Defending Non-Traditional Healthcare Providers
Written by: Roger Hillman, J.D., 2018
Non-traditional, or alternative, medicine most often encompasses chiropractic, acupuncture and naturopathy. In Washington, as in most states, each of these is defined by statute. Statutes also set out the scope of practice for each, in some cases specifically identifying treatments that are permitted or prohibited. The one thing that they have in common is not being authorized to dispense prescription medications. There are also published materials governing these disciplines, such as the Mercy Guidelines for chiropractic and a separate PDR for Herbal Medicine.
In addition to the usual challenges presented by a medical liability defense, these disciplines have the added challenge of public perceptions. These range from belief and support, to tolerance, skepticism, or even hostility. As a first step, you should assess your own attitude toward your client’s practice. It is important that, in order for your client to have confidence in you, you return this confidence in his/her discipline. This is magnified when observed by a jury.
This issue of perception of your client’s form of alternative medicine adds a layer to voir dire that isn’t present in traditional medical liability cases. Potential jurors should be questioned about whether or not you or a family member have been or are being treated by a _____, would you consider being treated by a _____, or do you even consider a ______, to do you believe a ______ to be a legitimate healthcare provider.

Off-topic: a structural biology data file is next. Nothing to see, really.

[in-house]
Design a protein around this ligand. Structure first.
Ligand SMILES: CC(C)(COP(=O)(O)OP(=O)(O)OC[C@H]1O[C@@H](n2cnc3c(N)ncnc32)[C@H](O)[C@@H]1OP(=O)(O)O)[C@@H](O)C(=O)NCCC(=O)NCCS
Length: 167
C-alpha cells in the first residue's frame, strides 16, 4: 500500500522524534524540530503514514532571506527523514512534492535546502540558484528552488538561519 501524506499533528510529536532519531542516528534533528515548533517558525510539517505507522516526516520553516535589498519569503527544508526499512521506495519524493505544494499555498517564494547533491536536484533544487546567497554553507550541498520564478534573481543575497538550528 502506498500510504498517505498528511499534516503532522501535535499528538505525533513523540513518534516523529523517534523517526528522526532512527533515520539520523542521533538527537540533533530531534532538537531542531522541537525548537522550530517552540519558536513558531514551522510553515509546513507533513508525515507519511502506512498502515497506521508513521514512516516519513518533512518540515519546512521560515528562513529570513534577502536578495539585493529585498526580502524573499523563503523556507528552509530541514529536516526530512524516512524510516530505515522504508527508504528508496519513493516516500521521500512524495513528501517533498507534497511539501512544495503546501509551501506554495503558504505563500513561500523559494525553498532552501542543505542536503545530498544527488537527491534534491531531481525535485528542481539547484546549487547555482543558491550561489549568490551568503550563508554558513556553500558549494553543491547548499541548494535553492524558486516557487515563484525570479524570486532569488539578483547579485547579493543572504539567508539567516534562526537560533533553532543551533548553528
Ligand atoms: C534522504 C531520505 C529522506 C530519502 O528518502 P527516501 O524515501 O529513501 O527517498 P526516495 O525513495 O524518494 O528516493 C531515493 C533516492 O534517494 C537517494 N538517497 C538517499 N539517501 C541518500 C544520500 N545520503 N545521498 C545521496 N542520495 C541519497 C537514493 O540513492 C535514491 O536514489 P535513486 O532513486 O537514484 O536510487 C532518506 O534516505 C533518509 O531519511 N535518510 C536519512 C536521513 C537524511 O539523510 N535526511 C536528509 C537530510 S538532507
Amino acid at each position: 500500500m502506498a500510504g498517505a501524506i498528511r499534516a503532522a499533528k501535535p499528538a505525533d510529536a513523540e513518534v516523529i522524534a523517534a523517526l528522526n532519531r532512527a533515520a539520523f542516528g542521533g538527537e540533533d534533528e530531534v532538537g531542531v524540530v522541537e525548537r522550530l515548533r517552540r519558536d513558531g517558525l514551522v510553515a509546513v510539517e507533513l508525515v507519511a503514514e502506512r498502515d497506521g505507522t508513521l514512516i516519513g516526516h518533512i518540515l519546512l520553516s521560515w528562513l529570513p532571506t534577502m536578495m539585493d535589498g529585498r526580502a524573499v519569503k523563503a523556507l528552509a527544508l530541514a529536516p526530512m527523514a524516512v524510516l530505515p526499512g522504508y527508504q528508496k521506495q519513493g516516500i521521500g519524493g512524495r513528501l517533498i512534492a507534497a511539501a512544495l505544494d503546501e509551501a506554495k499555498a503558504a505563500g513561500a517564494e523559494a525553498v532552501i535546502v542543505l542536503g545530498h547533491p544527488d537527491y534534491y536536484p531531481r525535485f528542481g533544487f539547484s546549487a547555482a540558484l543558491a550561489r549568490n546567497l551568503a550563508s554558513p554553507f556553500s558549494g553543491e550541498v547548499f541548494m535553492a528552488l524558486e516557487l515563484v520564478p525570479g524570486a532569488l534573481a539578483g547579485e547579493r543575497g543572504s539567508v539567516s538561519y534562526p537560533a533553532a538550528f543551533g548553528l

It is critical for a non-traditional practitioner to “know what they don’t know…” In addition to standard of care and informed consent issues, alternative practitioners are faced with a duty to refer. That is, to determine if the presenting symptoms or complaints require allopathic rather than alternative treatment. This could also arise during the course of treatment.
“Chiropractors and other drugless healers who are licensed providers of primary patient care owe a duty to exercise reasonable care in the diagnosis and treatment of their patients and a duty to inform them when non-medical has become useless or harmful and medical treatment should be sought.” Mostram v. Pettibon, 25 W. Ap. 158, 607 P 2d 864
(Div. Two, 1980)
More often than not, this issue will require, in addition to an expert in your client’s area of practice, a traditional, or allopathic, provider. Assuming that the plaintiff does likewise, this medical expert should be examined as to any prejudice against or preconceived notions about alternative medicine that he/she is bringing to the opinion expressed.